and choose a few places you’d enjoy seeing more of, then book a roadside motel or B&B in one of the small towns you go through, as this will allow you to meet some local families.
Day 17-22 San Francisco. Again, many wonderful things to see with the kids in terms of famous sights, but not too much wildlife within the city.
(See FTF’s San Francisco Family Attractions Guide) However, it’s the best time of year for weather, so definitely buy cheap bleacher seats to a San Francisco Giants baseball game and enjoy their beautiful waterfront stadium.
If you don’t want to spend so many days here, you can settle up north around Point Reyes National Seashore or go straight to the Napa Valley and Sonoma Wine Country. (See Wine Country Family Attractions) A few of the recommended hotels have kids activities on the weekends, and most of the vineyards do too.
Day 23-24: As you move inland, the California terrain changes quickly, and the Lake Tahoe region and Yosemite National Park are some of the prettiest places to enjoy it. From San Francisco, drive east to Sacramento. Sightsee in the Sacramento Gold Country. (see Gold Rush Country Family Attractions Guide) where the kids can pan for gold and see what Old West towns looked like.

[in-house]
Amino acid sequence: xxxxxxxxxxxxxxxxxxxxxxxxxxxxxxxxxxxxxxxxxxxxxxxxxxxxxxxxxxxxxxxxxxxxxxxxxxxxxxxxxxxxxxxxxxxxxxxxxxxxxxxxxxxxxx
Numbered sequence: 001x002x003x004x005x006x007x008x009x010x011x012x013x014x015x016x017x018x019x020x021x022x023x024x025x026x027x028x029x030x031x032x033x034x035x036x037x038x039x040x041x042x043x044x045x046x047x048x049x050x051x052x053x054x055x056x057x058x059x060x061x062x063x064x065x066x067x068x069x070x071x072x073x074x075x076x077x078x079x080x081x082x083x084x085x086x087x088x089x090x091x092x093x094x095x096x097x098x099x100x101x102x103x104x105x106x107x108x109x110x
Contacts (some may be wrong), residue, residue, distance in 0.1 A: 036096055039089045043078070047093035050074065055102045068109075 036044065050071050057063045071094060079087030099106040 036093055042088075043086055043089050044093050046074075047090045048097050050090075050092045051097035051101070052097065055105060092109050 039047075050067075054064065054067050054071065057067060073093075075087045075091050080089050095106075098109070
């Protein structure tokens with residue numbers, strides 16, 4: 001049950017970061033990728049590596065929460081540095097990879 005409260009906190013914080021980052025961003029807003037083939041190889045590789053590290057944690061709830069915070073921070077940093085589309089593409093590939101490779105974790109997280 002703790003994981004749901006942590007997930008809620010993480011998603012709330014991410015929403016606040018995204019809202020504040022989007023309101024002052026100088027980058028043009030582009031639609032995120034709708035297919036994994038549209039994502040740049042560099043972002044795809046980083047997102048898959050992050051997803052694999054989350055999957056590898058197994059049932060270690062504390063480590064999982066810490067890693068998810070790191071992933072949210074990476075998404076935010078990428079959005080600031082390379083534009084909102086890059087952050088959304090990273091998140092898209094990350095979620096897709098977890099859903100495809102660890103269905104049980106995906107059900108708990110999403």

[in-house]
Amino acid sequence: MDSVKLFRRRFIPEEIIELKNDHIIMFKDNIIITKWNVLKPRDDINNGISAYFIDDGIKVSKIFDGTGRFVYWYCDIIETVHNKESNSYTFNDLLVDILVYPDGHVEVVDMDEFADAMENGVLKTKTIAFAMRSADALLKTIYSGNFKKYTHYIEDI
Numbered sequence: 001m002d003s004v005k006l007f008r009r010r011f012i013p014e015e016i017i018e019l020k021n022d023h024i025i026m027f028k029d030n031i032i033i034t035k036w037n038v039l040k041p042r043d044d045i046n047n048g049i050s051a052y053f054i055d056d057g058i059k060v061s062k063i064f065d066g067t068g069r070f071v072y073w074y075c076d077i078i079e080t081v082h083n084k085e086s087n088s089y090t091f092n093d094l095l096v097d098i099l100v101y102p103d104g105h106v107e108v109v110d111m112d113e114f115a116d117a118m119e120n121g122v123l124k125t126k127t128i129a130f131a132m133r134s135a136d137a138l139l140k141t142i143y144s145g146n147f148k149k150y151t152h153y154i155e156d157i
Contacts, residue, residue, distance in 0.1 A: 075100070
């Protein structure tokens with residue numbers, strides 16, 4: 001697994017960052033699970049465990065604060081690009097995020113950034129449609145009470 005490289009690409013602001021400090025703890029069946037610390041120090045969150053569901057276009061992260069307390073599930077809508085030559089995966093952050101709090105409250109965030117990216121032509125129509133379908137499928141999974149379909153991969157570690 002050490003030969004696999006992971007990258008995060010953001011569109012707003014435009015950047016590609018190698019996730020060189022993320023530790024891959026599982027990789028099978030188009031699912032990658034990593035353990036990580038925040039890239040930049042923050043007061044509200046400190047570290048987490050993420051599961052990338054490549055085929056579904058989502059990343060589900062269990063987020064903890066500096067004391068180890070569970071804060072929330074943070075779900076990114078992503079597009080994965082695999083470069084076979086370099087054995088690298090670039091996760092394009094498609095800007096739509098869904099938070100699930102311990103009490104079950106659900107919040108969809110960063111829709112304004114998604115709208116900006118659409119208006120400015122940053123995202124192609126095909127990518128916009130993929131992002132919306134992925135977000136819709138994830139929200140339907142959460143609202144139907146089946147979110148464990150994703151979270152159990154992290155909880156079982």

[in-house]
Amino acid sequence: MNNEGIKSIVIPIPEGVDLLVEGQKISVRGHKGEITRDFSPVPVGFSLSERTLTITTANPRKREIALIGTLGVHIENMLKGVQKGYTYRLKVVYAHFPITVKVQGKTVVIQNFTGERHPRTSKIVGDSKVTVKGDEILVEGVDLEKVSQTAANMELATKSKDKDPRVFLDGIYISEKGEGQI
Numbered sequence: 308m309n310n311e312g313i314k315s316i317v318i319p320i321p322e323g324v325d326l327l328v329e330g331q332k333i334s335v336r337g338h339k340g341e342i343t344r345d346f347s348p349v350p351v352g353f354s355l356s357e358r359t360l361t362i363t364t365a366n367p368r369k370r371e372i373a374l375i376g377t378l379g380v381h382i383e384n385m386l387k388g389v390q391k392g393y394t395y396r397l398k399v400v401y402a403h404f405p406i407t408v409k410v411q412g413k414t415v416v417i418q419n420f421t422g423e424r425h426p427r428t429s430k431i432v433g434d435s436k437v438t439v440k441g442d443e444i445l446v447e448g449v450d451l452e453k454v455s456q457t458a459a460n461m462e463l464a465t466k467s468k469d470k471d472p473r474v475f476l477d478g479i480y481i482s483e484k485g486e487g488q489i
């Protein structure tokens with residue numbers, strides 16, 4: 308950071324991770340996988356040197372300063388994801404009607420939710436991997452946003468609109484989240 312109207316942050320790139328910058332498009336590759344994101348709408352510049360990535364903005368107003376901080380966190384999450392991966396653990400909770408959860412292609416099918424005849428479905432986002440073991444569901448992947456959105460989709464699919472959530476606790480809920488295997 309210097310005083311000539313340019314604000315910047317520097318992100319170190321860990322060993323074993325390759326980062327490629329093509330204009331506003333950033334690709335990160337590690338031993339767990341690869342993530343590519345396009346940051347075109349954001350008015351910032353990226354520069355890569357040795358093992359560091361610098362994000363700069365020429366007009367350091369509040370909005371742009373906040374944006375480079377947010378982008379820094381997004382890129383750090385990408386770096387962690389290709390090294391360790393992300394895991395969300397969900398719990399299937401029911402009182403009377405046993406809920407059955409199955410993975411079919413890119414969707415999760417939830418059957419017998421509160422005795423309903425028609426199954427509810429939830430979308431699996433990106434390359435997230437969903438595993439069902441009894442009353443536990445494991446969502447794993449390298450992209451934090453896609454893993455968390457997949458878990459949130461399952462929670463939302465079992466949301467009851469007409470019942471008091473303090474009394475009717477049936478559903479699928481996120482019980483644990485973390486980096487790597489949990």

Day 25-27: From here, it’s about 200 miles to Yosemite – where you can spend a few days camping, hiking, biking and taking tours with National Park Rangers. (See FTF’s Guide to Yosemite in Summer) Their free Junior Ranger program involves kids in looking for animal tracks, making rope knots, etc. and is a great way to involved them in their parks’ visits. Ask at any of the parks — even the pier in San Francisco has a national monument sailing vessel, and you can also pick up a “passport” where they record their visits.
Day 27-28: Return to San Francisco for a day of shopping and a nice meal, then depart from SFO.
We know these are a lot of ideas to get you started, so please get back in touch and let us know what you decide to do, and how we can be of help!
This story was accurate when it was published. Please be sure to confirm all rates and details directly with the companies in question, and stay up to date with current events to ensure a safe and successful trip.